Oh, God, I see you laughing. Have you been to Dorian's? 
Emily: [00:14:42] Yes, way too many times. Oh my God do she is. 
Liz: [00:14:45] Yeah. I mean, exactly. That's sort of that ties into the preppy murder, uh, title of the story, but I know I, I used to go there every year for Christmas party actually, but this year it's not happening because of the pandemic.
Emily: [00:14:57] I was there actually for a Halloween party for the pandemic as well. 
Liz: [00:15:01] Yeah. So Doreen's, is that still alive and kicking? So Jennifer was young and attractive and she ran with an affluent Manhattan crowd. She lived in Soho with her father who was a really successful property agent and she attended private New York city schools, her whole life.
Emily: [00:15:18] I can 
Liz: [00:15:18] picture it, but she apparently knew how lucky she was to have the life that she did. So she wanted to live life to the fullest. And when she wasn't in school or studying, she liked to go out and party with her friends. The night out of Dorian's was pretty typical fun night for them. And a lot of her friends were at the bar as well.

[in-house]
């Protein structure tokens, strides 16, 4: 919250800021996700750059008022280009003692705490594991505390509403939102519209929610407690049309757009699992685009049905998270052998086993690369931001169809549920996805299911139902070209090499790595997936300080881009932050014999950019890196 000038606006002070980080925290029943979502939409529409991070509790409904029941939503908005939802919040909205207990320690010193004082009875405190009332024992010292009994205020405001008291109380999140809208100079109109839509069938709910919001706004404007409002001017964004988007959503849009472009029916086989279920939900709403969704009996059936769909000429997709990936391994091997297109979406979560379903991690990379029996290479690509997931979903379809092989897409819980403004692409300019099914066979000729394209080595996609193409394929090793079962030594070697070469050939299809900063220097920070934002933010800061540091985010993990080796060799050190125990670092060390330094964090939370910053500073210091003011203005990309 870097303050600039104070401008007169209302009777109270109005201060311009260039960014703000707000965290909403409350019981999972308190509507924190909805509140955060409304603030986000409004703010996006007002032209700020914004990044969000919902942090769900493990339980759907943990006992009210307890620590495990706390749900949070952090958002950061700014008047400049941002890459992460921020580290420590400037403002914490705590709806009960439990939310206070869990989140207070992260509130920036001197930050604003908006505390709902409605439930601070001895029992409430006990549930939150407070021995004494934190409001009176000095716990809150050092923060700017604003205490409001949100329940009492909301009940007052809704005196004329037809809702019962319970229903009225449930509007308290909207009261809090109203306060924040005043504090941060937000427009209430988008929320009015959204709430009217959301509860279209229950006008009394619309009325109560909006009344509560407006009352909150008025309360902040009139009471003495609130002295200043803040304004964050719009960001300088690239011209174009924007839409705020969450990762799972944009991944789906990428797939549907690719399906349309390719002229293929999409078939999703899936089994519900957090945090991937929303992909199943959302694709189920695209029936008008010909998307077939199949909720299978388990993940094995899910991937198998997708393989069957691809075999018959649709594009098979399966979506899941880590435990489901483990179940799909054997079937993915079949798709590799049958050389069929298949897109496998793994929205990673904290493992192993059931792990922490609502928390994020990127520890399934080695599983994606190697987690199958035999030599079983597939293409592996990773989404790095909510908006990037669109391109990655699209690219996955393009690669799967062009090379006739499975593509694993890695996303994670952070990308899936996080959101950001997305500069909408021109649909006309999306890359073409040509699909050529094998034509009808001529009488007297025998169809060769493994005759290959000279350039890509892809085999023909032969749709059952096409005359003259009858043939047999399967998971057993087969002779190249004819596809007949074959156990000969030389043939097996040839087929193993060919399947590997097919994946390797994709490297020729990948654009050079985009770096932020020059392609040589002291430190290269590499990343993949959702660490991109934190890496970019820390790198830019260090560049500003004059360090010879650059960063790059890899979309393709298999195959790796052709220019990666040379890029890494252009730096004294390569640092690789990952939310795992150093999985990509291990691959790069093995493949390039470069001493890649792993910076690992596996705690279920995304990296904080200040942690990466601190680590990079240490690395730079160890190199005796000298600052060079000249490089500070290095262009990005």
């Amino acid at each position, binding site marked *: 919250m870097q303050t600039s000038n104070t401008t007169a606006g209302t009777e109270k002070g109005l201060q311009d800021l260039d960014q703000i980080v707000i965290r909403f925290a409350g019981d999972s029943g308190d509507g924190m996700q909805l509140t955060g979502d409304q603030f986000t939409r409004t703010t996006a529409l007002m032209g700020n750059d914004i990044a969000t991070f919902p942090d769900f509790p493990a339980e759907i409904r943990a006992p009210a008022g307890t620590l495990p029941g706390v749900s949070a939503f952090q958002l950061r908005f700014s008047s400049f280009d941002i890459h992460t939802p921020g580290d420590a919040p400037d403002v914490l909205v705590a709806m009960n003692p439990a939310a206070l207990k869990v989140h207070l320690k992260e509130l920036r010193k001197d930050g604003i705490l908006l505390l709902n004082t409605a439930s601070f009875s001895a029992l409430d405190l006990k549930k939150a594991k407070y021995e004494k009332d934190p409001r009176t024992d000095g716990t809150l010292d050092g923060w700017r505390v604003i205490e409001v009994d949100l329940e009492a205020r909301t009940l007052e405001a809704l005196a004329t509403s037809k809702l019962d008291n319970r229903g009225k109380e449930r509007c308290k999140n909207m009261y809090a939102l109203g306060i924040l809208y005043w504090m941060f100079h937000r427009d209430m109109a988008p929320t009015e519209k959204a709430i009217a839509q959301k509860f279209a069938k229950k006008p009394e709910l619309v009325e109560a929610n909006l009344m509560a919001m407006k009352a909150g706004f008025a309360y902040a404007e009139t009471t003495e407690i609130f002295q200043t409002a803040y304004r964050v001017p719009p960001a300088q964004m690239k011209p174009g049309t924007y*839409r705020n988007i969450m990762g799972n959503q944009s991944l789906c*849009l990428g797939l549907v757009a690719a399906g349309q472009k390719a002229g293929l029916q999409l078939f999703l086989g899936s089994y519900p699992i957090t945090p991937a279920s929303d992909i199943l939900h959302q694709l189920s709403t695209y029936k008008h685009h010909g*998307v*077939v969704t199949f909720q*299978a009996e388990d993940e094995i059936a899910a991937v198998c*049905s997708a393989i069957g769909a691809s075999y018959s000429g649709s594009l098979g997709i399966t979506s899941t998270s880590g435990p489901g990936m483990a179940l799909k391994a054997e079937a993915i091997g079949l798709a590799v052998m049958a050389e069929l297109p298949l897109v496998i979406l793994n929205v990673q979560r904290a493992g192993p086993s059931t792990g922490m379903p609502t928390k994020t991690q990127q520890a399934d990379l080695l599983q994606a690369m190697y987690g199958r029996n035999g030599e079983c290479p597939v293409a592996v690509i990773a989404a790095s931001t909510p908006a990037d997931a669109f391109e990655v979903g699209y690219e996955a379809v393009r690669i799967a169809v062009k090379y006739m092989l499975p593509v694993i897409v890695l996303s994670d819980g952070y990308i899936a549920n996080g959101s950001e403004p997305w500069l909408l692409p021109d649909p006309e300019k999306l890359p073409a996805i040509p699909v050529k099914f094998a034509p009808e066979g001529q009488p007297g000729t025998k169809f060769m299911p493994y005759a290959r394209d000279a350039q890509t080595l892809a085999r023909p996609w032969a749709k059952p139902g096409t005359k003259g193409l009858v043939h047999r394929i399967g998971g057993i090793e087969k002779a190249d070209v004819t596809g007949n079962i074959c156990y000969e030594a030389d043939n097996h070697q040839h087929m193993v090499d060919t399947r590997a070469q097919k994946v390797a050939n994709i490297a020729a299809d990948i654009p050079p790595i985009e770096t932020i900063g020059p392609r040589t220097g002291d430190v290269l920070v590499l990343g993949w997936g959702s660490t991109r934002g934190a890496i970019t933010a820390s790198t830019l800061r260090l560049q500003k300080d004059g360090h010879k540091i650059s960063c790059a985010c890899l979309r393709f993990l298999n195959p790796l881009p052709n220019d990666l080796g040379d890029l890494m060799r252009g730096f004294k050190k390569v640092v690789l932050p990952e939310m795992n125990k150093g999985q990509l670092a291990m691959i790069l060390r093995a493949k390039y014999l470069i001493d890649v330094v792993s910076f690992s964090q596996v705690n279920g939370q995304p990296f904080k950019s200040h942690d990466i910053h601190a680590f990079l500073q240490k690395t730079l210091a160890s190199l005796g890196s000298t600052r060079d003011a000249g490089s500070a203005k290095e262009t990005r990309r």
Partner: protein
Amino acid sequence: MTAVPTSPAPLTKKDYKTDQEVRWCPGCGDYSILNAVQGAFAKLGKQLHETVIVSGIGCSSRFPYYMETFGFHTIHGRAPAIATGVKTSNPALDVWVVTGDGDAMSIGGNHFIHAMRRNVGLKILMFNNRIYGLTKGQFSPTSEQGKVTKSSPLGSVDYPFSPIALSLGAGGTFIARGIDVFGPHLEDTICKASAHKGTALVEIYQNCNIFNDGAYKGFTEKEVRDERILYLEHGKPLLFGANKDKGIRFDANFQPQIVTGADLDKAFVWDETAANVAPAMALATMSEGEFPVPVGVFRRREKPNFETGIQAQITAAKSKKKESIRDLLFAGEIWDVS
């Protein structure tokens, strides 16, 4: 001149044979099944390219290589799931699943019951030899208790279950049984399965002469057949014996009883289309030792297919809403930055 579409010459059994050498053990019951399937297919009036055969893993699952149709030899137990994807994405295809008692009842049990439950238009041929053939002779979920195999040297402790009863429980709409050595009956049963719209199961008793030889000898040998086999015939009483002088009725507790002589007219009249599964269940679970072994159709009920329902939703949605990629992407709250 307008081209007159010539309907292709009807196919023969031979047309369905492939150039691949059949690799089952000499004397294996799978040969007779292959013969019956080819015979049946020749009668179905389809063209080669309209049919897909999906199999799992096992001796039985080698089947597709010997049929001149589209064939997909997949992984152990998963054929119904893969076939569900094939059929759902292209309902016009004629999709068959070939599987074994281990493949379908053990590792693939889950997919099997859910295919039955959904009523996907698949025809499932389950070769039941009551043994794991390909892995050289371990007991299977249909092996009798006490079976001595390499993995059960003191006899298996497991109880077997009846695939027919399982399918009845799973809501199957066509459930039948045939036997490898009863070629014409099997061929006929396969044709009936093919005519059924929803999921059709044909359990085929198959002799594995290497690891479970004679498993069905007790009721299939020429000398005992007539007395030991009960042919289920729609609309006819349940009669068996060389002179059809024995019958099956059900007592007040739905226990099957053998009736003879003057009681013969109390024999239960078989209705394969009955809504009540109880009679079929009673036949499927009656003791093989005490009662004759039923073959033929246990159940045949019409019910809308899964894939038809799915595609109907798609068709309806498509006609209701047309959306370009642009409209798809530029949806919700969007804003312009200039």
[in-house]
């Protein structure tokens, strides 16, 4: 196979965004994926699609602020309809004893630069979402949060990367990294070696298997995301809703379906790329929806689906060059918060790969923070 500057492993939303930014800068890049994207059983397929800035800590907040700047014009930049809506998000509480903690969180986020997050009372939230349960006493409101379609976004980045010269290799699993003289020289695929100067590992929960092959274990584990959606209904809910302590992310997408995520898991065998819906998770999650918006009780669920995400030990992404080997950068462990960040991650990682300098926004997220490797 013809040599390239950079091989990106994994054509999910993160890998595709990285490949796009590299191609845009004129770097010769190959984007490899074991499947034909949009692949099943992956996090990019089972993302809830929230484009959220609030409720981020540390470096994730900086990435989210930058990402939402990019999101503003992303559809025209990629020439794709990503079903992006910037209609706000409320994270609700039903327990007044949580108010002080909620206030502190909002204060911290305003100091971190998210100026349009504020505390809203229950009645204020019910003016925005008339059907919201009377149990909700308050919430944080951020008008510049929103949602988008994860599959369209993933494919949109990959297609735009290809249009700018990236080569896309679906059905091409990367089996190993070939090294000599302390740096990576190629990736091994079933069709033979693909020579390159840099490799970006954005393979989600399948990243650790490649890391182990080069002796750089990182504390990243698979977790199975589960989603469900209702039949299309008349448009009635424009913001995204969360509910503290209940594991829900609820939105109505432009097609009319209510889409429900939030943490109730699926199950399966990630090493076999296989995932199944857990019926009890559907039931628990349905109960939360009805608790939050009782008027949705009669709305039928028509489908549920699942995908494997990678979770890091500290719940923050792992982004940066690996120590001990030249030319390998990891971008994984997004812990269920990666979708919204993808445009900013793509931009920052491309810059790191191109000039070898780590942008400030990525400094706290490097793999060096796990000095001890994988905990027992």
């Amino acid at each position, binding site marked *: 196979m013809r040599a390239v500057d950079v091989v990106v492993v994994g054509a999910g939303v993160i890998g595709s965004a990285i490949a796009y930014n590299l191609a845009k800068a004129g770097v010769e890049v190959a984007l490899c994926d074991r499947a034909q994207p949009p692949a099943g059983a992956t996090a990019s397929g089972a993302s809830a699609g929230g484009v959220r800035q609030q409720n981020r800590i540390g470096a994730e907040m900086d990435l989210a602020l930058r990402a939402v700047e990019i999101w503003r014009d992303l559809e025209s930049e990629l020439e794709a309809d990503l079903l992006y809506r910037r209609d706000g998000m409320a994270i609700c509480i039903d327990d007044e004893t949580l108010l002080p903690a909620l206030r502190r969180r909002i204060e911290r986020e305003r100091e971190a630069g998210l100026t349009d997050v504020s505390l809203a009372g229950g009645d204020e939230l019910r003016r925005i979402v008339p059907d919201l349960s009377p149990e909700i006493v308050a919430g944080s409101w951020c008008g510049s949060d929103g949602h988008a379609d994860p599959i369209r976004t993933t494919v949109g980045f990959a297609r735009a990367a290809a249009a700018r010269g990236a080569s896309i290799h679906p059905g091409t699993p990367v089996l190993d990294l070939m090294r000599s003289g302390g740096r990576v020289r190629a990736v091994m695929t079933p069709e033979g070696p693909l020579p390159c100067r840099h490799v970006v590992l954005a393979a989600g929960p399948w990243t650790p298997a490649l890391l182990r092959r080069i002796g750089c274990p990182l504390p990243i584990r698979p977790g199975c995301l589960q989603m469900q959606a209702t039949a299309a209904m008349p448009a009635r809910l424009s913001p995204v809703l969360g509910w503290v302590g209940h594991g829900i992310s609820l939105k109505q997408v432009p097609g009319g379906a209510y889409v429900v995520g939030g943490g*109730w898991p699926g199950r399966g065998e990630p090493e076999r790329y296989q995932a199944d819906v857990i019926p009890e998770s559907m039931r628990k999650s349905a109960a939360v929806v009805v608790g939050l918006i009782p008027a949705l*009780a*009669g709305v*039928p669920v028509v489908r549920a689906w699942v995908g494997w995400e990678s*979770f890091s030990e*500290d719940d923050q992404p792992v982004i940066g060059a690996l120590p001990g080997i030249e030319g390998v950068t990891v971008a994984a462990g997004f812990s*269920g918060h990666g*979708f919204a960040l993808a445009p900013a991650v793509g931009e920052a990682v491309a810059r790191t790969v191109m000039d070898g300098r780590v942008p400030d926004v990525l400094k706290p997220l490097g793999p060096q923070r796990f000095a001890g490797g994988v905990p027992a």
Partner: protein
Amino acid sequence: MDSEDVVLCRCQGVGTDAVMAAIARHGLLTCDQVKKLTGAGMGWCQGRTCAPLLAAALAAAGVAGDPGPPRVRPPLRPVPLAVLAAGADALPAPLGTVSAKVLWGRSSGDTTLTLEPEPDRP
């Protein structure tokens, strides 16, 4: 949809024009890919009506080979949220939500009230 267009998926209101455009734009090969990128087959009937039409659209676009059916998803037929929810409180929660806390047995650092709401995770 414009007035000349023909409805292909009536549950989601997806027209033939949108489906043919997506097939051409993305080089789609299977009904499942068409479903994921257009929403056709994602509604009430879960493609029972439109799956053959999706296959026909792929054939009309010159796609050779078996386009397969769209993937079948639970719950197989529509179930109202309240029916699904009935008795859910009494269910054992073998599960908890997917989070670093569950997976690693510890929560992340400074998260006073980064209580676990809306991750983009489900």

This bar attracted a lot of kids from similar backgrounds, affluent, you know, teenagers. I think they were pretty lenient on ideas as well. So the night was full of drinks and laughs and hugs between friends who hadn't seen each other in a long time, because people were out, you know, at their summer houses all for the past few months, because now it's the end of August.
Yeah. Nothing seemed weird or out of the ordinary and sell the next morning when it was discovered that Jennifer hadn't returned home. So that next morning, August 26th at around 6:00 AM a cyclist riding through central park, noticed something on the grassy Knoll. So obviously central park is huge, but this particular section was right behind the metropolitan museum of art, which is between like 80th and 84th street on the East side.
Yeah. It's really not a far walk at all from Dorian's historians would I say was on 84th and second. So you're just walking a few avenues. Yeah, probably between a 10 and 15 minute walk. Okay. Technically it was 13 because I did Google map it, but. I like that. So the cyclist sort of looked into this and that something turned out to be a partially clothed and beaten body of a young woman.
And apparently this person could tell something was wrong immediately because of the way the body was positioned. One leg was up in the air, but one arm was up in the air, it just looked really unnatural. And then they realized that the body wasn't moving. So they called the police obviously,